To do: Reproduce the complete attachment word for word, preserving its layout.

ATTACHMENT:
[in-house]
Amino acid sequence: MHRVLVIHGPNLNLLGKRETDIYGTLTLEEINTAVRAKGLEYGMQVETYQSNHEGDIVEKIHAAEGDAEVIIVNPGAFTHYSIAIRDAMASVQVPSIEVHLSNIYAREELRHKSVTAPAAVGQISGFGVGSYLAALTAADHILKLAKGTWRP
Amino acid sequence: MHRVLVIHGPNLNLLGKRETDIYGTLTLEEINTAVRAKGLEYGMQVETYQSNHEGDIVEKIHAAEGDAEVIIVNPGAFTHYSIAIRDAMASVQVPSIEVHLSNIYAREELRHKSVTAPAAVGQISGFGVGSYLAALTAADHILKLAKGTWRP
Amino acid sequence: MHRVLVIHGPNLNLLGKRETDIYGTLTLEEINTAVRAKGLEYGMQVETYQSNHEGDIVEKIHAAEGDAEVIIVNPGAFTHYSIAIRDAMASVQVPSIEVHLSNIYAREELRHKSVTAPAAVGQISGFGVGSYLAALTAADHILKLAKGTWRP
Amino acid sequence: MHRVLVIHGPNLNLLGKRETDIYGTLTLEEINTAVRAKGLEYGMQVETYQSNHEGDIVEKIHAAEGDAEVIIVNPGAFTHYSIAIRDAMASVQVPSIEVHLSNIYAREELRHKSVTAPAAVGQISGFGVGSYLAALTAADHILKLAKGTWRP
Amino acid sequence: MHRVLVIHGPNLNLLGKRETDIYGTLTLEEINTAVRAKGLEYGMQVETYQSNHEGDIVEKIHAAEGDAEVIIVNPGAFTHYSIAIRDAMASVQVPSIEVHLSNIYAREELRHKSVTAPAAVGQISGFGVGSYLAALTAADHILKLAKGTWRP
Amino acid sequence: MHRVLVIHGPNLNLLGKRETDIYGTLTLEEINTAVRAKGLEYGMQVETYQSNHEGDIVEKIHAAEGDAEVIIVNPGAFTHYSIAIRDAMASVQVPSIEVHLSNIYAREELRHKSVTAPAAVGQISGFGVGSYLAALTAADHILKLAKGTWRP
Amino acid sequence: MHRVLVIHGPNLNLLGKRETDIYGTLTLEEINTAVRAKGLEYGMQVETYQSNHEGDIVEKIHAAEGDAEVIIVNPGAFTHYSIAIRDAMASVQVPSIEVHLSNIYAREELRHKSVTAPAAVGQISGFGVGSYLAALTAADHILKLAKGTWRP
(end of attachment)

[in-house]
Amino acid sequence: MHRVLVIHGPNLNLLGKRETDIYGTLTLEEINTAVRAKGLEYGMQVETYQSNHEGDIVEKIHAAEGDAEVIIVNPGAFTHYSIAIRDAMASVQVPSIEVHLSNIYAREELRHKSVTAPAAVGQISGFGVGSYLAALTAADHILKLAKGTWRP
Amino acid sequence: MHRVLVIHGPNLNLLGKRETDIYGTLTLEEINTAVRAKGLEYGMQVETYQSNHEGDIVEKIHAAEGDAEVIIVNPGAFTHYSIAIRDAMASVQVPSIEVHLSNIYAREELRHKSVTAPAAVGQISGFGVGSYLAALTAADHILKLAKGTWRP
Amino acid sequence: MHRVLVIHGPNLNLLGKRETDIYGTLTLEEINTAVRAKGLEYGMQVETYQSNHEGDIVEKIHAAEGDAEVIIVNPGAFTHYSIAIRDAMASVQVPSIEVHLSNIYAREELRHKSVTAPAAVGQISGFGVGSYLAALTAADHILKLAKGTWRP
Amino acid sequence: MHRVLVIHGPNLNLLGKRETDIYGTLTLEEINTAVRAKGLEYGMQVETYQSNHEGDIVEKIHAAEGDAEVIIVNPGAFTHYSIAIRDAMASVQVPSIEVHLSNIYAREELRHKSVTAPAAVGQISGFGVGSYLAALTAADHILKLAKGTWRP
Amino acid sequence: MHRVLVIHGPNLNLLGKRETDIYGTLTLEEINTAVRAKGLEYGMQVETYQSNHEGDIVEKIHAAEGDAEVIIVNPGAFTHYSIAIRDAMASVQVPSIEVHLSNIYAREELRHKSVTAPAAVGQISGFGVGSYLAALTAADHILKLAKGTWRP
Amino acid sequence: MHRVLVIHGPNLNLLGKRETDIYGTLTLEEINTAVRAKGLEYGMQVETYQSNHEGDIVEKIHAAEGDAEVIIVNPGAFTHYSIAIRDAMASVQVPSIEVHLSNIYAREELRHKSVTAPAAVGQISGFGVGSYLAALTAADHILKLAKGTWRP
Amino acid sequence: MHRVLVIHGPNLNLLGKRETDIYGTLTLEEINTAVRAKGLEYGMQVETYQSNHEGDIVEKIHAAEGDAEVIIVNPGAFTHYSIAIRDAMASVQVPSIEVHLSNIYAREELRHKSVTAPAAVGQISGFGVGSYLAALTAADHILKLAKGTWRP